The value of Chinese overseas merger-and-acquisition (M&A) deals jumped in the third quarter after several large transactions, and dealmakers expect continued momentum as recovering economic fundamentals damp the need for restrictions on capital outflows.
Overseas deals this year by Asia-Pacific’s most active buyers reached $118 billion at September-end, nearly half of which were announced in the past three months, Thomson Reuters data showed on Friday.
But the amount is 29 percent lower than the same period of 2016, a year in which a record $221 billion was spent on assets as varied as movie studios and soccer clubs. Such was the buying that China’s government began placing restrictions on overseas deals to stop huge outflows of funds destabilizing the yuan.
The yuan has since stabilized, while China’s foreign reserves have risen. The government has also been encouraging deals which support its Belt and Road initiative, whereby it aims to create a modern-day equivalent to the ancient Silk Road international trading network.
As such, investors are scouting for deals in anticipation of the government relaxing restrictions on overseas M&As, bankers and dealmakers told Reuters.
“Through the summer, on average, every week we have a new deal to look at. I’ve never seen this kind of activity before,” said Fred Hu, chairman of private equity firm Primavera Capital.
“Now the exchange rate has stabilized. The yuan has appreciated. There’s also China’s longer-term geopolitical ambition – one belt, one road. If you retain capital controls, how do you obtain long-term objectives?”
Steps toward curbing overseas deal activity have varied. One such step was the banking regulator in June ordering lenders to assess their exposure to overseas acquisitions of several conglomerates.
The consequent decline in deals contributed to a 5 percent fall in the value of all Asia-Pacific M&As announced in January-September, to $754 billion, Thomson Reuters data showed.
But China’s outbound M&A activity has started to rebound in recent months with many deals tied to the Belt and Road initiative, which involves countries along China’s ancient trade routes and beyond, bankers said.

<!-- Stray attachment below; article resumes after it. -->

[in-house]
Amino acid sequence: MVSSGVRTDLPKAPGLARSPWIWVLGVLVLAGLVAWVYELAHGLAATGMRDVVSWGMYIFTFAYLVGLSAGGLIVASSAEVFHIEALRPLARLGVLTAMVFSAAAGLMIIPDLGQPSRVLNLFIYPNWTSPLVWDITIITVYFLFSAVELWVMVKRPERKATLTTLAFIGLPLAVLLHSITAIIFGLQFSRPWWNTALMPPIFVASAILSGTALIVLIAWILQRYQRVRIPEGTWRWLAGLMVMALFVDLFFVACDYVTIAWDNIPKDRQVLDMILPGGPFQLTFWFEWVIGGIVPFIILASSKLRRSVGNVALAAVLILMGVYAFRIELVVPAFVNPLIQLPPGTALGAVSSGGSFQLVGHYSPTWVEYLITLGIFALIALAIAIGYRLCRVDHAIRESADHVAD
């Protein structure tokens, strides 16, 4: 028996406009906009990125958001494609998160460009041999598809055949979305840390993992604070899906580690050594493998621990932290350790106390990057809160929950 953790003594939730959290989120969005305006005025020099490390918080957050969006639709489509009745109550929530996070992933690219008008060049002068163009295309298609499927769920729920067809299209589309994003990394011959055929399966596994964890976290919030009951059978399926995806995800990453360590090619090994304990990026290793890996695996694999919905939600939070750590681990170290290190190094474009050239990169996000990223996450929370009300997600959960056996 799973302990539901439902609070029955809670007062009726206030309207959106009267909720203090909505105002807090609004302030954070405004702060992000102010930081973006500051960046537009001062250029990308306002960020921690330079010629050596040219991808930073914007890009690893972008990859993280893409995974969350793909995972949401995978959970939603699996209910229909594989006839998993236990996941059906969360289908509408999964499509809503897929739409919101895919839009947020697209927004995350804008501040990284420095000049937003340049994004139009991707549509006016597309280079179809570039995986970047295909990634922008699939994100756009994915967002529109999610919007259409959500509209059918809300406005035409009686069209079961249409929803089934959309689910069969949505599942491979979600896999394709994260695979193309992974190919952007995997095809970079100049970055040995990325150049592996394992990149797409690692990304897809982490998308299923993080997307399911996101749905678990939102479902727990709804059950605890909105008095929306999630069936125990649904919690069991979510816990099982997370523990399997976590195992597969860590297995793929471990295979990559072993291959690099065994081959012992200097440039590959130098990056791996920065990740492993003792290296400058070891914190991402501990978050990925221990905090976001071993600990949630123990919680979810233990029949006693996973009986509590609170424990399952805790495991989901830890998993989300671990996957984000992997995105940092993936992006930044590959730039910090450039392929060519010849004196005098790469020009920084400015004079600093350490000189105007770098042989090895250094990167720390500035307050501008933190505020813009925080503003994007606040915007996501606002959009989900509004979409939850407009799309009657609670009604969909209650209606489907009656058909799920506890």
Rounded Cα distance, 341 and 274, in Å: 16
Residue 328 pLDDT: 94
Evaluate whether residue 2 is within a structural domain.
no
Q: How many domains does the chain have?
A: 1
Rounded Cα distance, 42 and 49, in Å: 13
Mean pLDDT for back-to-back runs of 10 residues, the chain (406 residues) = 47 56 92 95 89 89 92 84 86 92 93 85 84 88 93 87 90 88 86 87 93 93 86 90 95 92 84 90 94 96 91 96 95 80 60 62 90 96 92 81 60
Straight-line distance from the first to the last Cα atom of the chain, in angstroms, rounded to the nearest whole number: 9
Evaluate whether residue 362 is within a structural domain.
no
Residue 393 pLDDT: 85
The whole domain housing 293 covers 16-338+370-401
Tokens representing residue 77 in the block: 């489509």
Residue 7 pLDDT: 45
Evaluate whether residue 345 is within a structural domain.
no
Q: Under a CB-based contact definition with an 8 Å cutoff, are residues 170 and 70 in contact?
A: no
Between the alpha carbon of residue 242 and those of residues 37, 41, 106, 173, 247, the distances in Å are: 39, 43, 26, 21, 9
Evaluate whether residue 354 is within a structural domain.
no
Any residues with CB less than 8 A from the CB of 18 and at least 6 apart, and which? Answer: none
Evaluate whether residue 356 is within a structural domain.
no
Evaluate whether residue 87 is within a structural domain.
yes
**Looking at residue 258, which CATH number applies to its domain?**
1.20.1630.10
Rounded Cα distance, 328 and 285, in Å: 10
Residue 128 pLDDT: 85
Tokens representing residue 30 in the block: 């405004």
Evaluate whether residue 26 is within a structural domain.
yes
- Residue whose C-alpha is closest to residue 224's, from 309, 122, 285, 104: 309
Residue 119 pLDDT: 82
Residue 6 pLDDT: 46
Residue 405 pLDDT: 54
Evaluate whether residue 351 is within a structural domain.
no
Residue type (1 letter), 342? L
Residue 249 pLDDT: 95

“If the target is in the same business, the same industry and the rationale is straightforward and the valuation is reasonable, I haven’t seen (Chinese entities) not able to do a deal,” said Kerwin Clayton, co-head of M&A, Asia-Pacific, at JP Morgan.
Capital controls may have thwarted multi-billion deals, but transactions of $500 million to $1 billion are still considered achievable, bankers said.
“In terms of deal size, the sweet spot this year is around $1 billion,” said Samson Lo, UBS head of M&A, Asia. “State-owned enterprises as well as consortium structures can pull off bigger deals.”
One such consortium sealed the region’s biggest deal of the year so far in July – the $11.6 billion purchase of Singapore-based Global Logistic Properties Ltd.
Investors are now looking to China’s 19th Party Congress next month for the government’s policy regarding outbound investment, bankers and lawyers said.
“The 19th Party Congress may provide insight into how acquisitions are viewed and on which sectors China will continue to focus,” Lo said.
Source: Reuters (Reporting by Kane Wu; Editing by Christopher Cushing)